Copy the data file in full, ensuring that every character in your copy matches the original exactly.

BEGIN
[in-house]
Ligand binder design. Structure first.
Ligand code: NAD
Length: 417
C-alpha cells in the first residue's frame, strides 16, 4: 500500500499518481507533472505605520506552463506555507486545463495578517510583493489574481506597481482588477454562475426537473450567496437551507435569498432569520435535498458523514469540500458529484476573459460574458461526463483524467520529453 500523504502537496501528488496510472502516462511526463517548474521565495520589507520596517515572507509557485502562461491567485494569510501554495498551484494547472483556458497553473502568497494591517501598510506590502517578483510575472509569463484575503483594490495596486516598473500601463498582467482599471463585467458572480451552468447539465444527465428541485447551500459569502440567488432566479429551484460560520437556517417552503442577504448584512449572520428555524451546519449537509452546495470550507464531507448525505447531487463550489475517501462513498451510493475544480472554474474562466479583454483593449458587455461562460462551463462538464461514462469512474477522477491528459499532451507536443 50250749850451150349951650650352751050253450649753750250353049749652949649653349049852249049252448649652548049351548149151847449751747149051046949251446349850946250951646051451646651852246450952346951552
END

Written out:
[in-house]
Ligand binder design. Structure first.
Ligand code: NAD
Length: 417
C-alpha cells in the first residue's frame, strides 16, 4: 500500500499518481507533472505605520506552463506555507486545463495578517510583493489574481506597481482588477454562475426537473450567496437551507435569498432569520435535498458523514469540500458529484476573459460574458461526463483524467520529453 500523504502537496501528488496510472502516462511526463517548474521565495520589507520596517515572507509557485502562461491567485494569510501554495498551484494547472483556458497553473502568497494591517501598510506590502517578483510575472509569463484575503483594490495596486516598473500601463498582467482599471463585467458572480451552468447539465444527465428541485447551500459569502440567488432566479429551484460560520437556517417552503442577504448584512449572520428555524451546519449537509452546495470550507464531507448525505447531487463550489475517501462513498451510493475544480472554474474562466479583454483593449458587455461562460462551463462538464461514462469512474477522477491528459499532451507536443 50250749850451150349951650650352751050253450649753750250353049749652949649653349049852249049252448649652548049351548149151847449751747149051046949251446349850946250951646051451646651852246450952346951552